With rare exceptions, all repairs carried out by Mike Solomons, who has over 35 years professional experience, (it was a teenage hobby before then!). (Or, as I have often said, "put another way - nice people like you bring me interesting equipment to work on - then actually pay me for it! What better way to earn a living! For you, the benefit that, happy in my work, I do my best for you.")
We give Free Estimates and stick to them.
We operate from a high street shop with, (during our opening hours), an open door, (not a private home or industrial estate with a locked door to block out complaints).
This is not a selling operation, (so either we repair, or make no money - no false advice to buy new!).
All repair work guaranteed 12 months. Clearly, in writing.
We specialise in older equipment, (Why? Usually good equipment is quite old when it first breaks!) How old is 'older equipment'? Most units repaired here are between ten and fifty years old!
We hold a wide range of spares and service manuals.
When spares are not available, we have the required knowledge and data to substitute and repair. Our facilities include basic woodwork and metalwork, for re-construction, and modification where required, as well as, as you would expect, full electronic research and development facilities.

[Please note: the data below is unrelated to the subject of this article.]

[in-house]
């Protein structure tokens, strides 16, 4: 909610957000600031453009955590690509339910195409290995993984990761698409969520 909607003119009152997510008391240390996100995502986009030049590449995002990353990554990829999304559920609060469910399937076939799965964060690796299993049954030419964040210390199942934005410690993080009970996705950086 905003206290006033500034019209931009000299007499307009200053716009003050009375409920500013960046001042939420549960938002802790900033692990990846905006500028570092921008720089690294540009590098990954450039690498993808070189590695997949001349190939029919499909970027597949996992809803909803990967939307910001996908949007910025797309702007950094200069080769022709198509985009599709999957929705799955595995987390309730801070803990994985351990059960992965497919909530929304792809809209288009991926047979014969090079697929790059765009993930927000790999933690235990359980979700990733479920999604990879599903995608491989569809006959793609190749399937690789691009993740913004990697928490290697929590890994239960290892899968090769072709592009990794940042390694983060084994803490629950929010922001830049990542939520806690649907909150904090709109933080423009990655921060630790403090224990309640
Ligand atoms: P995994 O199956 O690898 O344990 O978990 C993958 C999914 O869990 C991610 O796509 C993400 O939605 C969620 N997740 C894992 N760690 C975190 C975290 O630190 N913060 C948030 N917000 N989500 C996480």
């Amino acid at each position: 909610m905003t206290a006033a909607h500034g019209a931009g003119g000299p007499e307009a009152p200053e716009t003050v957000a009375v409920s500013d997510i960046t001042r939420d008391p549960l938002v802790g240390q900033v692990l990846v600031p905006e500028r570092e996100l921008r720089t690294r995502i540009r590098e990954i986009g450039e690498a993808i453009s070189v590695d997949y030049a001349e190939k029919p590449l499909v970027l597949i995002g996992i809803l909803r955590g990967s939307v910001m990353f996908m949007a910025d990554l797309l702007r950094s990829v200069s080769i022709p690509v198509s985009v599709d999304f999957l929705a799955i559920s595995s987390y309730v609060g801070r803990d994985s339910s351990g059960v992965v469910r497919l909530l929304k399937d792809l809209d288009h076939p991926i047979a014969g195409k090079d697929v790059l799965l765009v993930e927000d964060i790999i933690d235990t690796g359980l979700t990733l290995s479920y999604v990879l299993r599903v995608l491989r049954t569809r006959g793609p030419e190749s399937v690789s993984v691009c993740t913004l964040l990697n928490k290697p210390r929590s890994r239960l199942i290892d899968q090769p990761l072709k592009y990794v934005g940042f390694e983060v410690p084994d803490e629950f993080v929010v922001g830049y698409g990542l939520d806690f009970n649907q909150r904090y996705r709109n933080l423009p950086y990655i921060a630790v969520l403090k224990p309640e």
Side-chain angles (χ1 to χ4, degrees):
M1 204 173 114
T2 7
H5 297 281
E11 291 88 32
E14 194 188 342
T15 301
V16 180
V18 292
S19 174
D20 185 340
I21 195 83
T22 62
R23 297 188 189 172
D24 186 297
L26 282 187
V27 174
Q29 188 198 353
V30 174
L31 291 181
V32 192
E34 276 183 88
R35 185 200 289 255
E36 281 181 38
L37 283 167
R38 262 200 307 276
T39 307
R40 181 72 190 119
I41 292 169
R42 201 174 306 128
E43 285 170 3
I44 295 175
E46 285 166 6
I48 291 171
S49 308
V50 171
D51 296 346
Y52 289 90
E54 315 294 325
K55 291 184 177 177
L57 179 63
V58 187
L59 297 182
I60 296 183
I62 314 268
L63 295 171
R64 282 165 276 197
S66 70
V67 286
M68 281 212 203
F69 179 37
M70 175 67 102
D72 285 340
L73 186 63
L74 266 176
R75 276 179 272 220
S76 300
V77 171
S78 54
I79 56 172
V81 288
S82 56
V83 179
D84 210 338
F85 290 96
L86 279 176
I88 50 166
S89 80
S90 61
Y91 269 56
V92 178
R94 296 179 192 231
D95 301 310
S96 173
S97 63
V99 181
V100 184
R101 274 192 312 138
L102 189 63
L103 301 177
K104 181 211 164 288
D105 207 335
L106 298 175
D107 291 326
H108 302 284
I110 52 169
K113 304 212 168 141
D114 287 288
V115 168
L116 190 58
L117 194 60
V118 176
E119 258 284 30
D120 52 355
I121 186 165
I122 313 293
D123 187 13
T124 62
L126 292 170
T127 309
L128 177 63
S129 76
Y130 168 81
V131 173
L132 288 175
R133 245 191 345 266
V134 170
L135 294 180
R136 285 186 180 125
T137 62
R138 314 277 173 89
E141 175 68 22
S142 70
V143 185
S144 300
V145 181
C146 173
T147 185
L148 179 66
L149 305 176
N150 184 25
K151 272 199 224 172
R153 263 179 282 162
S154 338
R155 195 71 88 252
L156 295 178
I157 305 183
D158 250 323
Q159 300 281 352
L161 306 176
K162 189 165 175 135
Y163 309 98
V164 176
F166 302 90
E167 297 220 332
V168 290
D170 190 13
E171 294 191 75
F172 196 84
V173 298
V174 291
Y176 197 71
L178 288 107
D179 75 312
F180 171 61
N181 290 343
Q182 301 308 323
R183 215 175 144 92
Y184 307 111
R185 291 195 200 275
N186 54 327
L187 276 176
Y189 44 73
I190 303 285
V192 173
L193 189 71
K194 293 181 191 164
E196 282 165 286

We are here to stay - Mike Solomons personally owns the freehold of the shop - without a mortgage - so you won't come here one day to find we've gone because of a rent review, (He says, "I now give them, but fairly, not suffer from them!").
Email, telephone, write or call into the shop, for a free estimate. Note, our estimates are completely free, you only pay us if your equipment is repaired in accordance with the estimate. And with Radford equipment, I can usually give a reliable estimate without seeing the unit!
Free means free!
If such repairs cannot be carried out, then we charge exactly nothing, even if we have carried out a partial repair then found major further difficulties! The only cost to you is transport.
ALL REPAIR WORK is guaranteed for twelve months. "All" means "all", not just some. Whether old or new, whatever the equipment age, the guarantee on repairs is the same. We've even guaranteed the repairs on some mid 1930's vintage radio and radiogram units for twelve months - without difficulties! How? If the work is done properly, it isn't a problem!
The only exception is for repairs carried out free of charge.